Writing A Great Cause And Effect Essay On Teenage Pregnancy 

It is not so difficult to write a good cause and effect paper. You should just follow a standard pattern of presenting information, and as soon as your outline is ready, it won’t take much time to do your work. In a cause and effect essay, you should analyze why something happens, and what happens as a result. It is not necessary that you discuss both causes and effects in your writing. As a rule, it is enough to focus either on reasons (causes), or results (effects) of a certain issue or event.

If you want to write a great cause and effect paper on teenage pregnancy, take the following steps:

Decide on your focus.

There are at least three logical questions on the issue:

  • Why do teenage pregnancies occur?
  • In this case, you may focus on the following causes: a need to rebel, peer pressure, and a low self-esteem.

  • What are the effects of early pregnancies on teenage mothers?
  • Here, the following ideas may be relevant: health problems, poor career options, and poverty.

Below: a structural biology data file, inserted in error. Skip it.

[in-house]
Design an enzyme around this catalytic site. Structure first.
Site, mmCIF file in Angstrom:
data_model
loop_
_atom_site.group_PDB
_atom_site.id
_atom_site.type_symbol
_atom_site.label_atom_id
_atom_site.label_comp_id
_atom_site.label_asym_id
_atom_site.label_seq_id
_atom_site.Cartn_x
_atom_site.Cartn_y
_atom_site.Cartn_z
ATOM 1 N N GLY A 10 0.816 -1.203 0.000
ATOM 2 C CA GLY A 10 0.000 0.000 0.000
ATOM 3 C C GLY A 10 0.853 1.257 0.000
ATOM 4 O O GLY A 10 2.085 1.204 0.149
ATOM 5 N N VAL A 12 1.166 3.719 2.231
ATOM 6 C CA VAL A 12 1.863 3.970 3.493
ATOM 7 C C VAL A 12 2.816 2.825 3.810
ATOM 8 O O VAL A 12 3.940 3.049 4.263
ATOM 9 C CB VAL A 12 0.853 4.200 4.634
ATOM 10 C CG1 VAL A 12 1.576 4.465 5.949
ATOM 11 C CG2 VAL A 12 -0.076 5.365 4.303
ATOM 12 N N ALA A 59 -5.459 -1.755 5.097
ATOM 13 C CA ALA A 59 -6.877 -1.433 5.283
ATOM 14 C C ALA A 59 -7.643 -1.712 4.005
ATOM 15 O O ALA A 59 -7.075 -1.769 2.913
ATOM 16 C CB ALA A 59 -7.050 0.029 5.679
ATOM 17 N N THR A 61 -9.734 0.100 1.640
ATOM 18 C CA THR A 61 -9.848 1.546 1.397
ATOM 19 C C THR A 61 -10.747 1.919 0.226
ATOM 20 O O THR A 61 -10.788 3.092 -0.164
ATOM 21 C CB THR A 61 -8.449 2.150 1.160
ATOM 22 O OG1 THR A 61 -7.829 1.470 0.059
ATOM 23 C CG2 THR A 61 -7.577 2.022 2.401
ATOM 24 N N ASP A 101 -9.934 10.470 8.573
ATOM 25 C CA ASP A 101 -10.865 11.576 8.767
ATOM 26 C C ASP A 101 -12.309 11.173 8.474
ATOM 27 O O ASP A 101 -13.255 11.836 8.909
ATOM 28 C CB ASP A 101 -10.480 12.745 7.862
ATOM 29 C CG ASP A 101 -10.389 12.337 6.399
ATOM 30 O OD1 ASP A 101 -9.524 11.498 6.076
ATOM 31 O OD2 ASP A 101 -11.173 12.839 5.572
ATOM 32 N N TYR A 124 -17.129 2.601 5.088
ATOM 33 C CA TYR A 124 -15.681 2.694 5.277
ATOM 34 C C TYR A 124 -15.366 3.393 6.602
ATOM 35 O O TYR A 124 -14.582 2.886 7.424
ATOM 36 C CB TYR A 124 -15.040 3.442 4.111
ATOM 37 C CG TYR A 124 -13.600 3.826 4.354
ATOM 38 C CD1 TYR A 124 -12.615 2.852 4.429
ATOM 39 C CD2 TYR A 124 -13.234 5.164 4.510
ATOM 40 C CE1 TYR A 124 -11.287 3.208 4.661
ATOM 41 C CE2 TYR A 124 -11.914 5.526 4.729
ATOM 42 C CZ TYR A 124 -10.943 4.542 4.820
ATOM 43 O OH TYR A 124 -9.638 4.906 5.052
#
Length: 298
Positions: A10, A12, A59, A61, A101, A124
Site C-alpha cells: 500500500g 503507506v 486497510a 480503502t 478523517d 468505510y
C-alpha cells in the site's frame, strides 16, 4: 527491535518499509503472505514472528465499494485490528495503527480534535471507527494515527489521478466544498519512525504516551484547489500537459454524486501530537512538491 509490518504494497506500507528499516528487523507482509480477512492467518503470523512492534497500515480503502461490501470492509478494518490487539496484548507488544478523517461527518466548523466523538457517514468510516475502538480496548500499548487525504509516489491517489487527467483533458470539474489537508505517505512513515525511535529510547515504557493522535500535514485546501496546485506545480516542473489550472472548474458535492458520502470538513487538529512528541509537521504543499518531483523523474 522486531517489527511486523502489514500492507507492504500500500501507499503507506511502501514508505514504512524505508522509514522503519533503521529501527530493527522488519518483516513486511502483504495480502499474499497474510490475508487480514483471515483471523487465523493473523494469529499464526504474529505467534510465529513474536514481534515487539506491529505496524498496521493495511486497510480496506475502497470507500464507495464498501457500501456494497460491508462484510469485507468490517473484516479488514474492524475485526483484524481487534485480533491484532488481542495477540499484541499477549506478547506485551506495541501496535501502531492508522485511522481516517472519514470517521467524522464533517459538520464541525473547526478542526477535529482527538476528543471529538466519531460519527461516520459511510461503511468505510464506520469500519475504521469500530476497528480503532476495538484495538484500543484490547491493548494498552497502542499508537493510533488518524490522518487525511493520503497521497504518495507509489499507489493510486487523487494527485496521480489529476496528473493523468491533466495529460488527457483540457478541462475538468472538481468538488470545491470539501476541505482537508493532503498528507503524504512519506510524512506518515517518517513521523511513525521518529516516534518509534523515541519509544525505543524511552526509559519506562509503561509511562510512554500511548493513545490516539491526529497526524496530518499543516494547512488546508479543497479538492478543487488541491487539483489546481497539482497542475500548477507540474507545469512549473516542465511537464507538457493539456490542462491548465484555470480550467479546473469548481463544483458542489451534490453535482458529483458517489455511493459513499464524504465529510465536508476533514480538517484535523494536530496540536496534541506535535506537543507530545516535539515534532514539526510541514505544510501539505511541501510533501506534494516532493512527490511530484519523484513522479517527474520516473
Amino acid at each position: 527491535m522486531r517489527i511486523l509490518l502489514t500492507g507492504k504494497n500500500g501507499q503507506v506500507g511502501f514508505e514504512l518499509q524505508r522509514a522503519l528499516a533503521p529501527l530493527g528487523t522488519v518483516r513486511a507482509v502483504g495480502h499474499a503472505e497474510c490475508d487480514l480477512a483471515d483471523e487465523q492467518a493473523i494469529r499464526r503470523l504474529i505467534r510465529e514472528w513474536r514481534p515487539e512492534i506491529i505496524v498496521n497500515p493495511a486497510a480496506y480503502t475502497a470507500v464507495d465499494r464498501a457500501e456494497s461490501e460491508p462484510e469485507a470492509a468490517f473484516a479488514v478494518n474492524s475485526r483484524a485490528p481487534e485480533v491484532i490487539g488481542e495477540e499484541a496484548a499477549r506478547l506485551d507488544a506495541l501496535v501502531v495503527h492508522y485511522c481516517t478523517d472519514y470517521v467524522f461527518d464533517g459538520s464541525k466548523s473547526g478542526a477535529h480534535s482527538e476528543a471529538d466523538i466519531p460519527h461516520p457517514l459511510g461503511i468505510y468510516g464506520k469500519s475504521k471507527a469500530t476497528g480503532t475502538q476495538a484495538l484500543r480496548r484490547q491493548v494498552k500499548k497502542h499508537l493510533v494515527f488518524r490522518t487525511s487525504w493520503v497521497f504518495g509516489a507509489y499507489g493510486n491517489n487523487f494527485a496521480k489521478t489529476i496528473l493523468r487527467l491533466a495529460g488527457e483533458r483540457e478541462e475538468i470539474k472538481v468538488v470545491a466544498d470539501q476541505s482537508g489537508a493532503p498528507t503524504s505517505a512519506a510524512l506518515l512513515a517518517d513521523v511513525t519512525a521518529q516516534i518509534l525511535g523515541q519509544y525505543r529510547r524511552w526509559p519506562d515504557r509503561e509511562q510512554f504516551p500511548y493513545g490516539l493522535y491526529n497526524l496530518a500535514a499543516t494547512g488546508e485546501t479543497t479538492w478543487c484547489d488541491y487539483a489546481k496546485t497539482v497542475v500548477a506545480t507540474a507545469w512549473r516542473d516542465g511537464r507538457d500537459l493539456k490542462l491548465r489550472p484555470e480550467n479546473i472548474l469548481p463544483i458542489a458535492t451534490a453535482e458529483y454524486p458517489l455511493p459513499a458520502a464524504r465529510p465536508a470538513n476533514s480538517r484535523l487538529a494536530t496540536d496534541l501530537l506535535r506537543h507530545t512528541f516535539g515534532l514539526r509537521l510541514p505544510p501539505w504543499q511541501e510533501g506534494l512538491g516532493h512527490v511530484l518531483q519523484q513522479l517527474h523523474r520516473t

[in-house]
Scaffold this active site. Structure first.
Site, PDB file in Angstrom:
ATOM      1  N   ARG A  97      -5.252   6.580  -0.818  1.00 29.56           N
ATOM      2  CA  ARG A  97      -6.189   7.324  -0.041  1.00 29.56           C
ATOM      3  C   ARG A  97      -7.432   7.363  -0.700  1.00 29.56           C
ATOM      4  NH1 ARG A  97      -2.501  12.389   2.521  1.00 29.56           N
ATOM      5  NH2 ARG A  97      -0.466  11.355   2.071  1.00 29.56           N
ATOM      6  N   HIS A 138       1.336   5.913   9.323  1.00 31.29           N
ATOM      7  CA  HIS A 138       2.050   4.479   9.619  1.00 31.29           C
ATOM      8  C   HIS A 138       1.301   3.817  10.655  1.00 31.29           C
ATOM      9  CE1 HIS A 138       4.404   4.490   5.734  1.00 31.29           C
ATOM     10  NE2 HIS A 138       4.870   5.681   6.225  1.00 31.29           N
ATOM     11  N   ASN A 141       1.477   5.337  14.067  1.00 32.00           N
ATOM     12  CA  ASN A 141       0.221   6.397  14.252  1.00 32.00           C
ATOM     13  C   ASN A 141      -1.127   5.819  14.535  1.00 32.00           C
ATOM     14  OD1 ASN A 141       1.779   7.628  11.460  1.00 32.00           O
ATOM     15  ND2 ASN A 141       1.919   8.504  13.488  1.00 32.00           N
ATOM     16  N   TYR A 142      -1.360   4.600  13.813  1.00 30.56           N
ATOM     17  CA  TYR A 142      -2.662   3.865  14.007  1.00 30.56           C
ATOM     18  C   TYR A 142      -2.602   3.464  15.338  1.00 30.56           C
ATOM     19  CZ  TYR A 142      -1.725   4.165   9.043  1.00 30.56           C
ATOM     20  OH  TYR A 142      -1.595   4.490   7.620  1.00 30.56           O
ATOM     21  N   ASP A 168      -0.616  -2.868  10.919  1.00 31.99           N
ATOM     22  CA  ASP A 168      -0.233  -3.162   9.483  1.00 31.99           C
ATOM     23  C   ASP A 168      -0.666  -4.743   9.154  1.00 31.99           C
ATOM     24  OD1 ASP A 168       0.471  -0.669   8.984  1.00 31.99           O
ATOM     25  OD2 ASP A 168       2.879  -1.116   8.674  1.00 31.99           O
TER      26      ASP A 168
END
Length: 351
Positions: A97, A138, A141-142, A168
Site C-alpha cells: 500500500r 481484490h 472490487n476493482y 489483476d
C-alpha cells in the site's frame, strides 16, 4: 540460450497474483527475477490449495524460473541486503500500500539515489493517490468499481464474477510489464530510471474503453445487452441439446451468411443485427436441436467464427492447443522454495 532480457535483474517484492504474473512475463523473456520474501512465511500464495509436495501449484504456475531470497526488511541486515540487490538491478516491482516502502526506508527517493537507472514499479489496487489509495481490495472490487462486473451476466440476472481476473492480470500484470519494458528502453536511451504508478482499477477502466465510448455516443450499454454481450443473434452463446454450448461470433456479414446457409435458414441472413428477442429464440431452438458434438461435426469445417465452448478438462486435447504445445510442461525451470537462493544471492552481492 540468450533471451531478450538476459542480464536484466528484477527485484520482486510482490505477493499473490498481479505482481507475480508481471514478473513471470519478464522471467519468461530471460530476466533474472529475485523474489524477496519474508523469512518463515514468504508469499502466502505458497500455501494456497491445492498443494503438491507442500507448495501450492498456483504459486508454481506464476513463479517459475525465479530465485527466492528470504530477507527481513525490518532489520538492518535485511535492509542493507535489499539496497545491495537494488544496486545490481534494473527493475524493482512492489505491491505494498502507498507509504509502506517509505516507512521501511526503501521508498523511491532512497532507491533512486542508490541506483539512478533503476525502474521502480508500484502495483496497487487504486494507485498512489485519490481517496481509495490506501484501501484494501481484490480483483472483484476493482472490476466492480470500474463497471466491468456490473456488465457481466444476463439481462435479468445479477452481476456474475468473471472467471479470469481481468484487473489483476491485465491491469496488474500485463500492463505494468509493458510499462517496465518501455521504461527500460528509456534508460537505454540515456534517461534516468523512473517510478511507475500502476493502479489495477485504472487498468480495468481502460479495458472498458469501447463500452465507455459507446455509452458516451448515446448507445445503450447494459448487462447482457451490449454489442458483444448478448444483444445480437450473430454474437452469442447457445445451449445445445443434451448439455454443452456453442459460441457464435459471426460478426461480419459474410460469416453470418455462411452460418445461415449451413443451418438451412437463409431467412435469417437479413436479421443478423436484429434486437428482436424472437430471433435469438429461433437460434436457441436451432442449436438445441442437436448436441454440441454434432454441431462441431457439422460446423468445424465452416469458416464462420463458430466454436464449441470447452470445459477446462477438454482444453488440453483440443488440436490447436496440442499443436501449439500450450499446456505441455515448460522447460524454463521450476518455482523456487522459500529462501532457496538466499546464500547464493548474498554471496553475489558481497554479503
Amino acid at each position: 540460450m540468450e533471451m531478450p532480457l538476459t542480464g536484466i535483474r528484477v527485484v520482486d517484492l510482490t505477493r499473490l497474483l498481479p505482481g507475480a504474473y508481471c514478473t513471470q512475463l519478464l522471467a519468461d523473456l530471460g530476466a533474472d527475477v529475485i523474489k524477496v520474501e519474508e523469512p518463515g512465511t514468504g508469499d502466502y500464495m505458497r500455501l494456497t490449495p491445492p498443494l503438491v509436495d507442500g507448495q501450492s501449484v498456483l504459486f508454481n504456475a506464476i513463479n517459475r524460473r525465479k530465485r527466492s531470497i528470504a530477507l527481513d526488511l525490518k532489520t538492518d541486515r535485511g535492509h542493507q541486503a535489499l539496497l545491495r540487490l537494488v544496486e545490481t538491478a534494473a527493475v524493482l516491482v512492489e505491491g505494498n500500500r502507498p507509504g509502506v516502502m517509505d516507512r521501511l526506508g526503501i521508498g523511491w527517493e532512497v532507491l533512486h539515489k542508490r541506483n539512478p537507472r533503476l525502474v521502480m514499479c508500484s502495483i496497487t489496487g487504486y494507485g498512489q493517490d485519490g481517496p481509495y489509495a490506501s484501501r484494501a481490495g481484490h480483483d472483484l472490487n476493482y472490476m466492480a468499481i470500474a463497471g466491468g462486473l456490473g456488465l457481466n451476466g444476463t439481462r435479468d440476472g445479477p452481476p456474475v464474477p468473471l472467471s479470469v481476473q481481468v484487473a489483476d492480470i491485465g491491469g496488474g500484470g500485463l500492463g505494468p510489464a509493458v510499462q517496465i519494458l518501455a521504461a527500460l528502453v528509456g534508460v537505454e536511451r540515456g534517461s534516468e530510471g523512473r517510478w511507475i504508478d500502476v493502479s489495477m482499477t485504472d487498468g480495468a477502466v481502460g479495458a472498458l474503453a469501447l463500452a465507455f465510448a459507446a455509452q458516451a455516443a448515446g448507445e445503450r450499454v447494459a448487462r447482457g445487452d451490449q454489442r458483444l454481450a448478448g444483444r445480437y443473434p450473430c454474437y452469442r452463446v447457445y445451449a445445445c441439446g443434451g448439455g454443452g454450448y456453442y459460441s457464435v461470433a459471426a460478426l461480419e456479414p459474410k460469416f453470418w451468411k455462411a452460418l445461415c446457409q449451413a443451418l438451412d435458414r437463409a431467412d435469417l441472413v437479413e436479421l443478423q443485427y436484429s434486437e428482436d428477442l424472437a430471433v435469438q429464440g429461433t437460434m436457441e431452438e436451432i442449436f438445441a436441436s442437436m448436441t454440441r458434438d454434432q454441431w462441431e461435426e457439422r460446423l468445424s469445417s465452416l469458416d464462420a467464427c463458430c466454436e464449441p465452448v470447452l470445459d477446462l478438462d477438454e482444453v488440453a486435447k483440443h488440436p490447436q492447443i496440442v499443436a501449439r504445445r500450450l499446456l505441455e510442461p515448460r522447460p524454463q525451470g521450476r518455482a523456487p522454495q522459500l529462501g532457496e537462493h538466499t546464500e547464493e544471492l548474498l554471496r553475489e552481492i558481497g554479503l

• What are the effects of teenage pregnancies on children?
  • The children born from teenage mothers often lack fathers, suffer from poverty, and have mental health problems.

Decide what question you would like to answer in your work.

  • Create your thesis statement.
  • State clearly what causes or effects you are going to discuss.

  • Find supporting information.
  • You should prove your thesis with relevant and solid details. Look for appropriate examples and statistical data to support your key arguments.

  • Create an outline.
  • In an outline, you should organize information in a proper order.

    • Your arguments may be presented chronologically.
    • For example, if you analyze the negative effects of early pregnancies on teenage girls, start with the immediate problems (like, health and medical complications), follow your discourse with the risks of dropping out of high school, and finish with the distant outcomes (no career, poverty).

    • You may also present your arguments in the order of importance.
    • Start with the least important causes or effects and leave the most important information for the last.

  • Write your essay.
  • Grab the reader’s attention in an introduction. Start it with a provoking question, striking facts, or a personal story. State your thesis. Follow your outline not to miss any significant details. Use appropriate transitions to present your causes (because, since, due to, for) or effects (consequently, as a result, thus, therefore). In a conclusion, restate your thesis in different words and leave some food for thought.